By Joel Hassler, ICGA
Just the other day I was talking with a very close friend who is a dental hygienist. While I know “what” she does, I never realized just “what” she did throughout a patient visit, although I have seen a dental hygienist nearly 100 times before over a few decades. So, after some questions and assumptions on my part, she decided to give me a step-by-step photographic “ride-along” of what her day entails. Do not worry, no pictures of the actual patient or any confidential information (or anything that would ruin my lunch). There were so many more steps in the process and pieces of equipment than I expected and things I would have never thought about.
The next day I had encountered a similar situation within my own career as an appraiser. I had to explain to one of my customers that I could not appraise eleven pieces of jewelry in an hour. As I started to explain the process, I thought back to the conversation I had with my friend. Here I was with a customer that had not had anything appraised before and had no idea what to expect. This can be an even more complicated process if the appraiser is not taking in all the appraisals and other store associates are helping answer a customer’s questions.
I read something a few days back that estimated 95% of the jewelers doing appraisals have no formal training. Some days I think that number is too low.
The more detailed an appraisal is, the better chances a customer will be able to replace the item they had as best possible and give the insurance company less wiggle room. Less detail means the replacement item might not be properly replaced.
So, I messaged her and said I would do the same for her to help explain what exactly I did with each customer.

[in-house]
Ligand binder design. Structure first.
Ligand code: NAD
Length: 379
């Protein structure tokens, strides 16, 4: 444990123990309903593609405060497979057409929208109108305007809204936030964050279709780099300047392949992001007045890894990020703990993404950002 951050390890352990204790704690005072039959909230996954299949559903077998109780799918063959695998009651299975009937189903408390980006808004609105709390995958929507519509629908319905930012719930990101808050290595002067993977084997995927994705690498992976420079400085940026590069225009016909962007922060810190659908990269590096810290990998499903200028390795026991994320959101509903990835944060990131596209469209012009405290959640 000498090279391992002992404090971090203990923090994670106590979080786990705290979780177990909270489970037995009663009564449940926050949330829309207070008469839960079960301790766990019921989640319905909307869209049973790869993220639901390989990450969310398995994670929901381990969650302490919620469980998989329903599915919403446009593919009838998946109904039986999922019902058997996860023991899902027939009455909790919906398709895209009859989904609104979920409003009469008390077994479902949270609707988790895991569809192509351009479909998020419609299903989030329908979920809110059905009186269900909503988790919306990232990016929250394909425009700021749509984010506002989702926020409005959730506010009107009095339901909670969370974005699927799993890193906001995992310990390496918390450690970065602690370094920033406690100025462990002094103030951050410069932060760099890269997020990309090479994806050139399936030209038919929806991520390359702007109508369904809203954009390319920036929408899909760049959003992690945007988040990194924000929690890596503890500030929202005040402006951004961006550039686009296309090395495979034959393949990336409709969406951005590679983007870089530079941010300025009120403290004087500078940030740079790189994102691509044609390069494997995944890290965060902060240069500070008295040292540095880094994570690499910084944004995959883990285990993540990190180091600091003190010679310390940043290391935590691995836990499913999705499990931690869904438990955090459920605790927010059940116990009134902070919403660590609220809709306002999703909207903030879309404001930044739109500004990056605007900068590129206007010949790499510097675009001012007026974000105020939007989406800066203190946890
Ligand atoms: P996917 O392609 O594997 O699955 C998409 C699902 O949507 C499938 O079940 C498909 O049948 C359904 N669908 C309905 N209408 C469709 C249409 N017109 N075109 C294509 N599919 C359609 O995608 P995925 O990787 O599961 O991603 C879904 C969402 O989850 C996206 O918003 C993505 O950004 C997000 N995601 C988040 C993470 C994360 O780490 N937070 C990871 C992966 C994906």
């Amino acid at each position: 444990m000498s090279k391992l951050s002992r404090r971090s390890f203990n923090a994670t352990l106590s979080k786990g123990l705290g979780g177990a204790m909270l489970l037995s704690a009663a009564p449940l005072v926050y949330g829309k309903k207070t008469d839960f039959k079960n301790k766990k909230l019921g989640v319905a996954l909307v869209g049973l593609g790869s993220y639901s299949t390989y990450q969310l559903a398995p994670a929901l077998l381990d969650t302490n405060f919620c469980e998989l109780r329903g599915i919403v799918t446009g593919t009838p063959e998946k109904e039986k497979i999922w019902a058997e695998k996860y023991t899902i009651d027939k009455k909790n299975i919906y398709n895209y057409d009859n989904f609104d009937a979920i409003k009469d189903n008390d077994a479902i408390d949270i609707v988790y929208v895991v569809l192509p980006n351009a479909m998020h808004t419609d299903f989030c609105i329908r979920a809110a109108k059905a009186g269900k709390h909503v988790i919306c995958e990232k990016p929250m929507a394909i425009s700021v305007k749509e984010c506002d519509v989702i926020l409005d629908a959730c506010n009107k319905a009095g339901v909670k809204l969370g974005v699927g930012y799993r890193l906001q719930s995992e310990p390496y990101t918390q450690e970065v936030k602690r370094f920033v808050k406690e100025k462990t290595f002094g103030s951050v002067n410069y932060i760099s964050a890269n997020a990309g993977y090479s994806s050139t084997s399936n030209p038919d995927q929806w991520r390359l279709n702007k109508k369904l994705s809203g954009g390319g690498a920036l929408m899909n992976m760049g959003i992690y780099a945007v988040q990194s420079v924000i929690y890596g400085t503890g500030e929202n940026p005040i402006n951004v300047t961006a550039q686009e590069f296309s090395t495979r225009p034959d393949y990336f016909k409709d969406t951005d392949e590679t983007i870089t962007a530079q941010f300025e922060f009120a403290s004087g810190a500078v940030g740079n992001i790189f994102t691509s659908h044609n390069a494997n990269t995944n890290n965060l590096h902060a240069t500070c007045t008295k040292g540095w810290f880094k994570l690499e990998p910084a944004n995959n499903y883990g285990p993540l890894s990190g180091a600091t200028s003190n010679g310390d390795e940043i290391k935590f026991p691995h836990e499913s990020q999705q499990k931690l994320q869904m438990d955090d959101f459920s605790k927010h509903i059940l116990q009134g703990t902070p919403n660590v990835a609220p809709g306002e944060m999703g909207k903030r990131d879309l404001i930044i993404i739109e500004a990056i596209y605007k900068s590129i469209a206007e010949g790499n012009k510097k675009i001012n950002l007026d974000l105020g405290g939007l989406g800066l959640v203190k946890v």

- Check each piece for any damage and address repairs and cleaning
- Photograph each piece and edit/crop the picture for use in the report
- Test each piece for metal fineness
- Weigh each piece
- Describe each piece verbally
- Grade gemstones for quality
- Market research or cost calculations
More steps go into the process, and it changes for each piece. I showed pictures of some of the equipment and how we use it and the results we hope to get from using it.
As the day went on, I realized that I was even forgetting or not appreciating the effort that went into each piece. That is something many appraisers tend to do from time to time.
Unfortunately, the public has sometimes been mistakenly misled to believe that any jeweler can do appraisals just by “being in business a long time.” The other day a customer brought in a piece to be appraised. My appraisal came back 25% less than the last one she had 10 years ago. She wanted an explanation. I told her I cannot really comment on another appraiser’s work, but I would be happy to look at the previous appraisal and see if I could find where we might have varied in our opinions.
It was easy when I could point out the previous appraisal did not have any diamond qualities or weights. Just the number of diamonds and their millimeter dimensions. Little to no detail at all. No gemological or appraisal training. It was a single-page report with the typical “we are not responsible for anything we’ve done” disclaimers. She proceeded to pull out more appraisals totaling $200,000 worth of jewelry. You guessed it, same lack of information. She was more than disappointed and had some choice words for that jeweler.
Having your jewelry appraised by a professional appraiser can help save you heartache if your jewelry is lost or stolen. Did you know that there are less than 300 Certified Gemologist® Appraisers (CGAs) in the world? To find a credentialed American Gem Society appraiser near you, click here.